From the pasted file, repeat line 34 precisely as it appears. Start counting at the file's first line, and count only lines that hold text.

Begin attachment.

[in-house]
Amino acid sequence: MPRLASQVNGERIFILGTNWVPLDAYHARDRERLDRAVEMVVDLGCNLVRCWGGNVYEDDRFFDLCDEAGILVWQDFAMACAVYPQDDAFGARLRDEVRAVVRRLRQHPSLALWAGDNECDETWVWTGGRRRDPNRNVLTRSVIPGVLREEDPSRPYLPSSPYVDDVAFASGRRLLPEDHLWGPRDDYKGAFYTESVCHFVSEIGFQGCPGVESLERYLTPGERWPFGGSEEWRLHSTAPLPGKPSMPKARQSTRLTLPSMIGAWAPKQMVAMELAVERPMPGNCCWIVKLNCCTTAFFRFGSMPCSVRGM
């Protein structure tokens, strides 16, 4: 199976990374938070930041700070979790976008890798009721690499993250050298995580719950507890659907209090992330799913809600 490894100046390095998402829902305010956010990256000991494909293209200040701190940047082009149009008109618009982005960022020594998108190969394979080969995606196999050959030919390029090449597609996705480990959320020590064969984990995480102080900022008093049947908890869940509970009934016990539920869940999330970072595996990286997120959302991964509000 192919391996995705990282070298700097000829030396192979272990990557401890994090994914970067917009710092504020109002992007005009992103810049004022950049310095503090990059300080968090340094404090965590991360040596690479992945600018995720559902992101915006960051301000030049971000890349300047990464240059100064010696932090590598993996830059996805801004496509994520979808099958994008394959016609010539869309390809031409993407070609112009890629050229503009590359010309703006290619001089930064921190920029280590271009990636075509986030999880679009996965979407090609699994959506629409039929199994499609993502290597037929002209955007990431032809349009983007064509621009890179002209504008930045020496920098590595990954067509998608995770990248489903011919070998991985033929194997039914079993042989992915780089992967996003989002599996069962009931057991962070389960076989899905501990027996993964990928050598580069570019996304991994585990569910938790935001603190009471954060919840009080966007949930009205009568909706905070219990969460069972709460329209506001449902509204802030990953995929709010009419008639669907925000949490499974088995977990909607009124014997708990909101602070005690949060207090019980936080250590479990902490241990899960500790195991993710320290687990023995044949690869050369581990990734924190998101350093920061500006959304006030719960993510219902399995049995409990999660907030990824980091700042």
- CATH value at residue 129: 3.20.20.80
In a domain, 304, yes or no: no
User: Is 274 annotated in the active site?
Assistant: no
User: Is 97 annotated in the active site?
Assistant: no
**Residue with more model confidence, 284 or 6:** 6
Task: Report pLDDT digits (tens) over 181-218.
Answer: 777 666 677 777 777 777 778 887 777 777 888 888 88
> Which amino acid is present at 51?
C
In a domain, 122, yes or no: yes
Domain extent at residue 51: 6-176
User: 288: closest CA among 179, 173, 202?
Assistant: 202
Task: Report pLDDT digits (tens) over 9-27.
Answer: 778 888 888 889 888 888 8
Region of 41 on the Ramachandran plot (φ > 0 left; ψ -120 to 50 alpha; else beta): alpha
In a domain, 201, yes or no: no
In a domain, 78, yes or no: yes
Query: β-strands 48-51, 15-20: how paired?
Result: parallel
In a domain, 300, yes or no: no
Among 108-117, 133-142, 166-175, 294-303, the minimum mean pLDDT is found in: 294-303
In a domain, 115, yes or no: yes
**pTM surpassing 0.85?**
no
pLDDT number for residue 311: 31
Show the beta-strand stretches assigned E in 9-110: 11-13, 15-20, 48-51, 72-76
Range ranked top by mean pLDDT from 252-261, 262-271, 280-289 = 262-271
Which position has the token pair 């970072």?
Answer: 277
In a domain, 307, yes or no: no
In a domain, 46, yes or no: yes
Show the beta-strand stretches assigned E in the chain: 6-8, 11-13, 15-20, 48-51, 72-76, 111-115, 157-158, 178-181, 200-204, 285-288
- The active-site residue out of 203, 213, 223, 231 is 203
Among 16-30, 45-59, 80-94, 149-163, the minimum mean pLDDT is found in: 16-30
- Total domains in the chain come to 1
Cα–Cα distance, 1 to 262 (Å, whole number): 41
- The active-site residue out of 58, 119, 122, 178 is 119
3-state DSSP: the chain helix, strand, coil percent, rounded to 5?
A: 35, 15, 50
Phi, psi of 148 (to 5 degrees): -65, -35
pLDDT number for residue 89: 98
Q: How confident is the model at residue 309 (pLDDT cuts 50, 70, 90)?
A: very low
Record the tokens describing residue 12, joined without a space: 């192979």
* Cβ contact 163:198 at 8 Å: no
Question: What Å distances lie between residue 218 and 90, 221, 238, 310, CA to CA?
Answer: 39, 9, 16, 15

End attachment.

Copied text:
Which position has the token pair 């970072």?